1. Mobile growth is quicker than anything we’ve seen
Mobile now accounts for 27% of ecommerce transactions globally, according to Adyen, and 30% in the US, according to a study by Criteo.
The speed of mobile commerce growth is outstripping that seen during the original ecommerce boom.
Though much of recent debate has focused on Google’s cross-device tracking to understand how mobile impacts conversion, many retailers are still unable to offer a slick journey to purchase on a mobile device.
2. Native apps can be a joyous experience, if only more retailers got the basics right
A symptom of retailers repurposing ecommerce infrastructure for their apps is the prevalence of clunky registration and checkout experiences.
The majority of user frustration and bad reviews come from these two ends of the app purchase journey.
Judo Payments, a mobile payment specialist, has reviewed the checkout experiences of the IMRG Experian Hitwise Hot 100 Retailer list.
As the table below shows, 62% have a commerce app, but only 25% of these have a native checkout. The other 75% direct customers to a web-based payment system, likely to increase abandonment.
In order to create joyous native app experiences that will convert loyal customers, retailers must understand exactly what information they need from customers and make it easy to input.
The Trainline has recently dropped the need for registration from its app. Retailers should take heed.
3. Indexing and deep linking increase ‘findability’…
One of the most common arguments against apps was articulated by Tim Berners-Lee at Le Web 2014.
Everyone loses if it’s not on the web. If it’s online everyone can see it and link to it, you are part of the conversation.
However, Google is now indexing app content and showing it in mobile search (whilst also admittedly penalising mobile websites with app download interstitials that cover the homepage).
Deep linking to specific app content has also been possible for a number of years. This allows retailers to direct customers to specific products or content within their app, from an email or a social post.
4. …and findability is a red herring, anyway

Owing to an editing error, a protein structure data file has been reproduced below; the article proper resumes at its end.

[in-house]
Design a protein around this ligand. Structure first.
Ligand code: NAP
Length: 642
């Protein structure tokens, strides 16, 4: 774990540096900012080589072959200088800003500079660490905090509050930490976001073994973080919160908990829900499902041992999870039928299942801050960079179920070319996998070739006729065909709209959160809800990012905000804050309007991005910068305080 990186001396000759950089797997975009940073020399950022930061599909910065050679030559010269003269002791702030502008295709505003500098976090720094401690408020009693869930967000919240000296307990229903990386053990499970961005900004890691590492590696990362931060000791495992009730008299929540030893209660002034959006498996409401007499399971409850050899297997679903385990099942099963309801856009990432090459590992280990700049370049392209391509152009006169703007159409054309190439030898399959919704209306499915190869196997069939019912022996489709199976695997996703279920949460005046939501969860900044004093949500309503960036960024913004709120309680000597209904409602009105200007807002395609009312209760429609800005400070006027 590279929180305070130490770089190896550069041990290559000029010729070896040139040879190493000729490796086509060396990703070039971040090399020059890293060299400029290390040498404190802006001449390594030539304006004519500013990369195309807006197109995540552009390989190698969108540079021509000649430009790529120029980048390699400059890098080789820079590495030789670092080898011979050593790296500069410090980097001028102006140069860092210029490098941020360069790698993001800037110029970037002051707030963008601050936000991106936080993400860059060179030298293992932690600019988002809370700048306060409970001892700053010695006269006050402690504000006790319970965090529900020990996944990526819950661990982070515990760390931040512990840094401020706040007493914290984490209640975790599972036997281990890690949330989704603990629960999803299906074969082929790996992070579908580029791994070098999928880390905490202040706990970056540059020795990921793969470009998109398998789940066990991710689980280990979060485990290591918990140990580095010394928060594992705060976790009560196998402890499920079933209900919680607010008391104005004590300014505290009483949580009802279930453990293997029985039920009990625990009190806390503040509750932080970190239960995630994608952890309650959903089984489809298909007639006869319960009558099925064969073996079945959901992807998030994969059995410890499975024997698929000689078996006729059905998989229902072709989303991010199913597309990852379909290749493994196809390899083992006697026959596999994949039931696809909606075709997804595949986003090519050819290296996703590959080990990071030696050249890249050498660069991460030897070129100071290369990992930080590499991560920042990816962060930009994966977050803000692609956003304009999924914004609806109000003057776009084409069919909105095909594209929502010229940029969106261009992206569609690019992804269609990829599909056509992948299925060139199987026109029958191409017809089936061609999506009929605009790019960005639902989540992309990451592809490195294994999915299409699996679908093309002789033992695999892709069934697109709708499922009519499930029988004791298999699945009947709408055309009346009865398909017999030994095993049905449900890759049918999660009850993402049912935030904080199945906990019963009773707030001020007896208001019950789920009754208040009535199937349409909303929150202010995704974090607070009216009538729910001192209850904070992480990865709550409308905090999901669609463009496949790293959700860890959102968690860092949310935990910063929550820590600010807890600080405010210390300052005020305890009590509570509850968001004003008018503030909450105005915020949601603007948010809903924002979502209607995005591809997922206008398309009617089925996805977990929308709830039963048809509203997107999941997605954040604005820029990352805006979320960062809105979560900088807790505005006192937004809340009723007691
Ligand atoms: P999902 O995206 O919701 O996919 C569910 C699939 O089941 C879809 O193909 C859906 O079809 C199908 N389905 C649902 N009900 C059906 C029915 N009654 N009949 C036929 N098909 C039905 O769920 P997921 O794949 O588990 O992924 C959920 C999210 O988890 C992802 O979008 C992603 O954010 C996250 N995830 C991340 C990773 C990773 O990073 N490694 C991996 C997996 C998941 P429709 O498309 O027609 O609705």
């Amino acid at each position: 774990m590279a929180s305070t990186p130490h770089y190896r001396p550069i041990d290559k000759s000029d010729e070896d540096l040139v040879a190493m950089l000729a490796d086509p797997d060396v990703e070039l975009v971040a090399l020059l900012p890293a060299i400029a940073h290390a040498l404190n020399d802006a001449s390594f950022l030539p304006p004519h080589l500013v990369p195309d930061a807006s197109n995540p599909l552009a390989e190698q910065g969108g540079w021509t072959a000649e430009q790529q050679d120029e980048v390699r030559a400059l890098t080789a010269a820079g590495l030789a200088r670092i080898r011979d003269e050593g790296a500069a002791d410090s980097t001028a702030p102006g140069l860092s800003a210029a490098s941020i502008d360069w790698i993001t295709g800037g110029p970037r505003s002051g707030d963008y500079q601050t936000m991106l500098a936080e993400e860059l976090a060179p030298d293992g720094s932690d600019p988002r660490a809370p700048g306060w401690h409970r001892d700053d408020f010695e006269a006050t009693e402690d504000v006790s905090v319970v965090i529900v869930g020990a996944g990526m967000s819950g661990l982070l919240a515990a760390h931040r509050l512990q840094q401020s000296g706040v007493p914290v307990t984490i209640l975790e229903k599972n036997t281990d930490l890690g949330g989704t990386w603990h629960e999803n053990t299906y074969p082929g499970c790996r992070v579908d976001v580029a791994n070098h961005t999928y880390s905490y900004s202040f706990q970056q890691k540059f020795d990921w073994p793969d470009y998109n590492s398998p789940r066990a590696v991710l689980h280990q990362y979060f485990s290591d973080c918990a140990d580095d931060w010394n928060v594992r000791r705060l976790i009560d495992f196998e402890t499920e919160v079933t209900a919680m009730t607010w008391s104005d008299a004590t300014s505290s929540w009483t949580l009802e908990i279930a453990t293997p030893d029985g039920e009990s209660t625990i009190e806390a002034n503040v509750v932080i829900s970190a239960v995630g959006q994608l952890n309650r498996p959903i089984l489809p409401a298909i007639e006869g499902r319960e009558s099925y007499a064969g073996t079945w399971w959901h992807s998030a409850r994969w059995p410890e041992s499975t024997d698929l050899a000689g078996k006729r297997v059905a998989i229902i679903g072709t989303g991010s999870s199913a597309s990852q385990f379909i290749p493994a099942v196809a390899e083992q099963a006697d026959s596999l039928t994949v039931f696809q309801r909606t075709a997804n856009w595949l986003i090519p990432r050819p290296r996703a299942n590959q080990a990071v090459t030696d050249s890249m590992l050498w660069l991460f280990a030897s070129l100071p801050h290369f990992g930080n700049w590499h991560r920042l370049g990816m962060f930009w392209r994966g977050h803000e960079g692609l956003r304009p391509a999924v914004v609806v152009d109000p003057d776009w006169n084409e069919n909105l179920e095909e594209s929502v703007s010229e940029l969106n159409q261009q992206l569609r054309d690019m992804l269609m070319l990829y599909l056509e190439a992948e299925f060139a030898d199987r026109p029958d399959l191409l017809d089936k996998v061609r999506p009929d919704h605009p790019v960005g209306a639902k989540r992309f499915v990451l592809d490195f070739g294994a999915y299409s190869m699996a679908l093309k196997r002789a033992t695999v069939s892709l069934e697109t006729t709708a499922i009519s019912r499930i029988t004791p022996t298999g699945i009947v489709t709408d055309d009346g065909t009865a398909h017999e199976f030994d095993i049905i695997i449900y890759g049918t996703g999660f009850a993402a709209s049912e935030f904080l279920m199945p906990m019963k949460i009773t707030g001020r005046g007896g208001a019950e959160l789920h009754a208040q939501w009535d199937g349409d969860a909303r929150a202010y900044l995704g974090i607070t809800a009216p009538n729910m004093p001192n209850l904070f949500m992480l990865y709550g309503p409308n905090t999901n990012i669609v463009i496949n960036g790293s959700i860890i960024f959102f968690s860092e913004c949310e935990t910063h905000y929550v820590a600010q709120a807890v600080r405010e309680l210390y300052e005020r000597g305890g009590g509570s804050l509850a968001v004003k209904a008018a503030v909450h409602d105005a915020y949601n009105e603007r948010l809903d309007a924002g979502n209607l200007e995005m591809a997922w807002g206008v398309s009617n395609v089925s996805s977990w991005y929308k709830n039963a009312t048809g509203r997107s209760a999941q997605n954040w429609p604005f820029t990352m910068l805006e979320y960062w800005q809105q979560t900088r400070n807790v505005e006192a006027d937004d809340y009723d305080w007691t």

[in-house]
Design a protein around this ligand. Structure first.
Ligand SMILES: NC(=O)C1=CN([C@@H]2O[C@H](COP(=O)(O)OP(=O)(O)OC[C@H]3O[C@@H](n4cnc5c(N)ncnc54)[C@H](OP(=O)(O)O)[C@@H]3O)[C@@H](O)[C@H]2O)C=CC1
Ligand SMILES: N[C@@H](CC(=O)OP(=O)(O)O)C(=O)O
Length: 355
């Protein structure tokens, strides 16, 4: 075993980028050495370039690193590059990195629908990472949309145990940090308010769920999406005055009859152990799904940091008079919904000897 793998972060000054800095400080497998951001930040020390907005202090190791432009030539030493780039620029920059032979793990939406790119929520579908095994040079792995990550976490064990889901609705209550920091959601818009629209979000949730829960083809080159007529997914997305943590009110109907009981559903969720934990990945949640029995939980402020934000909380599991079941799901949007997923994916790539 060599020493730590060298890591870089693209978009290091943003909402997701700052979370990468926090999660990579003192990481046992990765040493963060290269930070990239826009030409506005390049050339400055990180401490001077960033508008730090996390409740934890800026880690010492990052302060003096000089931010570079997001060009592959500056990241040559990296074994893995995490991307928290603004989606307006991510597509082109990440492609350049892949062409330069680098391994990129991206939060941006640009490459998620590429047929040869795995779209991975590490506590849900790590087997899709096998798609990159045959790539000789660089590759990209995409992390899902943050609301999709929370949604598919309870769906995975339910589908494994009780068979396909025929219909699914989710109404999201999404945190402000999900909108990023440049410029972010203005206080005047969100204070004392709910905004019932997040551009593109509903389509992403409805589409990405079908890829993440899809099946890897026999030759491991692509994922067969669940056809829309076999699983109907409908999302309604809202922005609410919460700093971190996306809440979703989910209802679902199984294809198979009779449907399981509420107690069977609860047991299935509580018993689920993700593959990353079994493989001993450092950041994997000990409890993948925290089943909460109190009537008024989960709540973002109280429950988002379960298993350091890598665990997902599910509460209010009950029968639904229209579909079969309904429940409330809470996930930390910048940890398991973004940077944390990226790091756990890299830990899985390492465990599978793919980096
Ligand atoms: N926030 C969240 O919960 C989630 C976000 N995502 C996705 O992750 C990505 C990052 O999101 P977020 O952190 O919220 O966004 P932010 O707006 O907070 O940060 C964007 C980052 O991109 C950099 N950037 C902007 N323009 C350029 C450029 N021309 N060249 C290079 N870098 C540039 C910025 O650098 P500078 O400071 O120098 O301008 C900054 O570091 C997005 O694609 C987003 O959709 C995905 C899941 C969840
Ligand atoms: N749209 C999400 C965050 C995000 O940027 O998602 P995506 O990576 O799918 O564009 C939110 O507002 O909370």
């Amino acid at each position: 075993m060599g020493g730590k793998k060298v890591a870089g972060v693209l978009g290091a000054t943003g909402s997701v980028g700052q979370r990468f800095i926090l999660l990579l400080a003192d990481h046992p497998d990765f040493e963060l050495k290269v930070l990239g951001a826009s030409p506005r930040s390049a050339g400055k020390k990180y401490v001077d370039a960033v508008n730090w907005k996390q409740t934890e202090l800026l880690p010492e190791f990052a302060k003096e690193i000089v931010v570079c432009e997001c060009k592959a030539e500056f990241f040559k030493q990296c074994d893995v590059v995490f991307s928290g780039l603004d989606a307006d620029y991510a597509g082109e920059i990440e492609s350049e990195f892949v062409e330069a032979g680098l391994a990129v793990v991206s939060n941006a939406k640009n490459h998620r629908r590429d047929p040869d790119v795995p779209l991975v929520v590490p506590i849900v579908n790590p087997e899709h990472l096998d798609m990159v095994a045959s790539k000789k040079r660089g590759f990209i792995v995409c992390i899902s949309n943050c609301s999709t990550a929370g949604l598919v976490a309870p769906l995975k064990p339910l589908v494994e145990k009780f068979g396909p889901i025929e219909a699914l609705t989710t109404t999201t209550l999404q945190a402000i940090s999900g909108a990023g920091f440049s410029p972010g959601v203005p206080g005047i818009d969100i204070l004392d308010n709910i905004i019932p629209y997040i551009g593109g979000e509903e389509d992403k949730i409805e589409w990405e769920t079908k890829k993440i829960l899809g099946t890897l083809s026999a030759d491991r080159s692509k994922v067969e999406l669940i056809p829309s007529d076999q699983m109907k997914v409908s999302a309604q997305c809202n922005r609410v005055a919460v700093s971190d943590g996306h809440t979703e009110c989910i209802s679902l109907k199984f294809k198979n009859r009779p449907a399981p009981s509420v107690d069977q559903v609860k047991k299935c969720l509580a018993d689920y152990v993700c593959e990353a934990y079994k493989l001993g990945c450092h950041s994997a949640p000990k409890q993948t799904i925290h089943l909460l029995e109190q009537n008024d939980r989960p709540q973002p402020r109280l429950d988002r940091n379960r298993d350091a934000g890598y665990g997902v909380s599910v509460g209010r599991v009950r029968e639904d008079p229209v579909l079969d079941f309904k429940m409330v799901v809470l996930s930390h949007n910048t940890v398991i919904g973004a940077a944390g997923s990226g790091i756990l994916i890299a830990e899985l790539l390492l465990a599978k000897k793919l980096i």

Perhaps the number one gripe with apps over the years has been the difficulty in increasing numbers of downloads and reducing churn.
Dennis Jones, CEO of Judo Payments, makes clear that heavily marketing an app will inevitably lead to churn.
A retail app cannot be seen as ‘a simple extension of ecommerce’, with the same incentive to widen the funnel as much as possible.
Native apps should be considered a separate proposition for your most loyal customers.
20% of your retail customers will drive 60-80% of business. Either directly or through referrals.
5. Native apps convert
Research by Kony has shown that for iOS, conversion rate in native apps is 30% higher than web apps.
6. Consumers want consistent retail experiences
Amazon has succeeded by creating a trusted service, with reliable pricing and delivery. It’s this same dynamic that will pull your loyal customers to a native app.
Customers don’t always want choice, something that Google (even when searching for a specific retailer) pretty much guarantees as part of its revenue model.
Though Google Shopping is shortening the web funnel by adding ‘Buy’ buttons to ads, as well as improving page speed, consumers often want to find a trusted retailer as quickly as possible (and may even be wary of Google’s suggested products).
It’s a simple point I’m struggling to make clearly, as the mobile web becomes busier and more sophisticated, native apps still offer a way to cut through the noise.
7. Success stories are convincing
Here are nine excellent retail apps, as reviewed by David Moth. Success stories, as opposed to poorly implemented solutions, are a simple and convincing argument for retail apps, with the slickest examples being native.
8. A great native app still offers competitive advantage
The same Judo Payments study I referenced earlier highlights some of the top retailers without a commerce app.
Debenhams, PC World, Currys, IKEA, Carphone Warehouse, Matalan, Clarks, Waitrose, TK Maxx, Urban Outfitters, Superdrug, Monsoon and Ann Summers are named.
What this shows is that however quickly the mobile space is moving, there’s still room to delight your loyal customers where your competitors are failing to do so.
Moving now may represent the last chance to get a competitive advantage through a native app.
9. App usage is simply too big to be ignored
Consumers are using apps more than ever, with some 2015 studies pointing to 85% or more of smartphone usage as in-app. Smartphone usage is increasing, too, of course.
The caveat that app ‘haterz’ add here is that the majority of that usage is consigned to a small number of apps; 80% of time is devoted to just five apps according to Forrester.
These are not the same five apps for every user, though. The chart below shows usage split by category, with a chunky 5% of time spent shopping.
Like it or not, users choose to shop in-app when the experience is good. If retailers are truly dedicated to customer experience, a beautiful native app makes sense.
10. Retailers are dangerously bound to legacy infrastructure and teams
It’s the speed of mobile growth that dictates the need for retailers to innovate and experiment. Doggedly sticking to team structures designed for traditional ecommerce has inevitably led to divided loyalties between native app and web.
Early investors in native apps have proven how successful the channel can be, particularly for obviously mobile propositions (e.g. Domino’s Pizza).
Without continued investment in apps as a separate sales channel, retailers are more likely to fail their customers. As innovation on mobile continues and user habits continue to evolve, retailers restructuring for mobile conversion will be best-placed to succeed.
For an alternative view on native apps, see Patricio Robles’ posts: